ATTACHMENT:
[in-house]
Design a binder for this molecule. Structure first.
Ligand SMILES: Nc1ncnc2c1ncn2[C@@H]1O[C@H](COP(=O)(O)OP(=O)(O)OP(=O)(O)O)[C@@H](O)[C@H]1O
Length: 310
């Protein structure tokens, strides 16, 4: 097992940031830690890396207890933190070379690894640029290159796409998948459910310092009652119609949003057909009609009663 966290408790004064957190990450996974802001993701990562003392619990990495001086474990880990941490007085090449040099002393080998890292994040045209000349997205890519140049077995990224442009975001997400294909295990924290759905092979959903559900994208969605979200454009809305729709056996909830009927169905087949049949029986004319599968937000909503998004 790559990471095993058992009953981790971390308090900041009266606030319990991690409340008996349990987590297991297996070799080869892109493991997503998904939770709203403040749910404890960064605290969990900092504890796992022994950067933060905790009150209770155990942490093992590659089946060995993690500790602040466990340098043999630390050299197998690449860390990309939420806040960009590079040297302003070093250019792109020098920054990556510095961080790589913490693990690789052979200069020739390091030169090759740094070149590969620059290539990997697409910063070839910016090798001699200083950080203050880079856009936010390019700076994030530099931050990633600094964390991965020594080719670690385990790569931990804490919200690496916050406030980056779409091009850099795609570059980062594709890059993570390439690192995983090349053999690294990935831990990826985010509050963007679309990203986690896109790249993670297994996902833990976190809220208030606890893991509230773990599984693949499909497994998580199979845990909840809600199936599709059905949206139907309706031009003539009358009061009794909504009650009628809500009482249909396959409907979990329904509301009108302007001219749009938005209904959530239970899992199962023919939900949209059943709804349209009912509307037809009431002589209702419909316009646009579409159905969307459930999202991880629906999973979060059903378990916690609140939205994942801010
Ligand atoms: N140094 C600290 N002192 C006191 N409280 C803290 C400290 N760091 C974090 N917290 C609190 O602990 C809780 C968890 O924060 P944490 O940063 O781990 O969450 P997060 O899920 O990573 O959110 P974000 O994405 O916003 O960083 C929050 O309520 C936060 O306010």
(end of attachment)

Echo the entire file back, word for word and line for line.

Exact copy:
[in-house]
Design a binder for this molecule. Structure first.
Ligand SMILES: Nc1ncnc2c1ncn2[C@@H]1O[C@H](COP(=O)(O)OP(=O)(O)OP(=O)(O)O)[C@@H](O)[C@H]1O
Length: 310
């Protein structure tokens, strides 16, 4: 097992940031830690890396207890933190070379690894640029290159796409998948459910310092009652119609949003057909009609009663 966290408790004064957190990450996974802001993701990562003392619990990495001086474990880990941490007085090449040099002393080998890292994040045209000349997205890519140049077995990224442009975001997400294909295990924290759905092979959903559900994208969605979200454009809305729709056996909830009927169905087949049949029986004319599968937000909503998004 790559990471095993058992009953981790971390308090900041009266606030319990991690409340008996349990987590297991297996070799080869892109493991997503998904939770709203403040749910404890960064605290969990900092504890796992022994950067933060905790009150209770155990942490093992590659089946060995993690500790602040466990340098043999630390050299197998690449860390990309939420806040960009590079040297302003070093250019792109020098920054990556510095961080790589913490693990690789052979200069020739390091030169090759740094070149590969620059290539990997697409910063070839910016090798001699200083950080203050880079856009936010390019700076994030530099931050990633600094964390991965020594080719670690385990790569931990804490919200690496916050406030980056779409091009850099795609570059980062594709890059993570390439690192995983090349053999690294990935831990990826985010509050963007679309990203986690896109790249993670297994996902833990976190809220208030606890893991509230773990599984693949499909497994998580199979845990909840809600199936599709059905949206139907309706031009003539009358009061009794909504009650009628809500009482249909396959409907979990329904509301009108302007001219749009938005209904959530239970899992199962023919939900949209059943709804349209009912509307037809009431002589209702419909316009646009579409159905969307459930999202991880629906999973979060059903378990916690609140939205994942801010
Ligand atoms: N140094 C600290 N002192 C006191 N409280 C803290 C400290 N760091 C974090 N917290 C609190 O602990 C809780 C968890 O924060 P944490 O940063 O781990 O969450 P997060 O899920 O990573 O959110 P974000 O994405 O916003 O960083 C929050 O309520 C936060 O306010």